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First Response: What Can We Do Now?

Part of the Pandemic Paradigm Series: Buildings Through a COVID Lens

Effective heating, ventilation and air conditioning systems have always been part of maintaining a healthy building environment, and with the impact of COVID-19 and the unique way the virus is spread, it has never been more imperative that HVAC plays a vital role in keeping occupants of buildings safe, especially as people begin to return to the office and other commercial environments.

COVID-19 has three known contamination routes: person-to-person transmission, which could be direct, or indirect through surfaces, airborne transmission through droplets, and faecal to oral whereby particles from the toilet can enter people’s respiratory systems when using bathrooms.

There are several methods to counteract these routes of transmission. The risk of the virus spreading from person-to-person can be lessened where there is a focus on smart technology in buildings. As for transmissions via surfaces, scientists have emphasized copper’s antibacterial properties, with COVID-19 surviving just a few hours on copper, compared with a number of days for steel or plastic.

To dilute airborne contamination, the Chartered Institute of Building Service Engineers recommends running ventilation systems at a higher flow rate. “This may require changes to C02 set points for both mechanical ventilation and automated windows,” it states in its COVID-19 Ventilation Guidance.

Chinese and American academics looking at outbreaks in the Chinese province of Zhejiang found that airborne transmission of the virus may have taken place in 48.3% of people in a badly ventilated office. Essentially to stop the spread of COVID-19, ventilation needs to be increased and more fresh air needs to be brought in. This could be as simple as just opening the windows.

The risk of contamination via recirculated air can be mitigated with a higher level of filtration such as F9. However, this system involves great energy use to overcome resistance, and so may need to stay on outside of normal working hours. CIBSE’s COVID-19 report also states that, “Recirculation of air within a single room, where this is complemented by an outdoor air supply, is acceptable.”

The BCO also recommends that fan coils, which recirculate air locally in the occupied space, “should be frequently and thoroughly cleaned and where condensation occurs, drain pans and traps should be maintained frequently to prevent growth of bacteria and mold.” It is also a recommendation that HepVo traps are installed on condensate systems that drain into waste pipework. As far as chilled beams are concerned, CIBSE says that active chilled beams can be operated as normal, while with passive chilled beams there should be a good supply of air.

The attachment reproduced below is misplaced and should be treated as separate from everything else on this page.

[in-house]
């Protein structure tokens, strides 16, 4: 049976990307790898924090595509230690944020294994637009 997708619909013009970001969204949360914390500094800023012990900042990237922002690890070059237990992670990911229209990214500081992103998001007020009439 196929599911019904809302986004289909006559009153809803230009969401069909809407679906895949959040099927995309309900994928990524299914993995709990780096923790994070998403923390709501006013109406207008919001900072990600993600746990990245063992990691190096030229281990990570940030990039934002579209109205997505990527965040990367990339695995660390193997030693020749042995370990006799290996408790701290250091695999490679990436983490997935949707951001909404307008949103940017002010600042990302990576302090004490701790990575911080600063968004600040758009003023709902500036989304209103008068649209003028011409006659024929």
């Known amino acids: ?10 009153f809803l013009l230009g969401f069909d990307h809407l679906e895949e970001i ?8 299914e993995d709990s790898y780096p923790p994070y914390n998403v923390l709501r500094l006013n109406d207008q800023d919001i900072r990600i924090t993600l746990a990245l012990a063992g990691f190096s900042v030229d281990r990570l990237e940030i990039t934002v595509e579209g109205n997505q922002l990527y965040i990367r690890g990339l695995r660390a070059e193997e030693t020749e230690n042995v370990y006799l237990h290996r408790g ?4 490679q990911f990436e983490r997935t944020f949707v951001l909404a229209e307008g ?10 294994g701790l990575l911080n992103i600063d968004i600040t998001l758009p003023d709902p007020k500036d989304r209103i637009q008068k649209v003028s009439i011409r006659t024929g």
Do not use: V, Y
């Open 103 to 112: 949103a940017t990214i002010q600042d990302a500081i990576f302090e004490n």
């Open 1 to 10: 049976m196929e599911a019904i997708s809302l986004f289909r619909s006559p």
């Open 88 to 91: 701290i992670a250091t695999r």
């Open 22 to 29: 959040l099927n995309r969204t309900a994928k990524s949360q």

I would be interested to see some further research on the performance of underfloor and low level air distribution. The lower velocities and laminar air flow associated with these systems causes less air turbulence, particularly in the zone where air is breathed. This would seem to have an obvious advantage in reducing the risk of virus spread in an office environment.

The ‘mixed mode’ of ventilation will become more commonplace. When it is not high summer, the cooling can be turned off so windows can be opened. This could even eventually replace the familiar sealed building model, with this system functioning automatically with sensors.

Meanwhile, to combat faecal-oral transmission, toilet extraction fans need to be kept on high and again perhaps running the systems for 24 hours a day. Again, here use of smart technology can also help to stop the spread of the virus. The same goes for anti-bacterial coatings on bathroom doors.

There is definitely set to be more access to outside air moving forward and there is a strong sustainability argument to be made for this method. However, some of the changes to ventilation strategies being deployed for a post-COVID world will inevitably have some compromises for carbon emissions, particularly if systems are kept running for long hours. However, in the middle of a global pandemic, it’s a price worth paying. As energy saving methods (thermal wheels and plate heat exchangers) also present a risk, CIBSE recommends that these are bypassed and not used in the current environment.

Of course, some of these solutions are temporary but other, smart office elements look set to be with us for the longer term. These all affect the mechanical and electrical systems, as well as the architecture and design of buildings. We will overcome COVID-19 but we need to listen to the lessons that we are learning, for now and for the future.

References

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Poorly Ventilated Spaces Case Study

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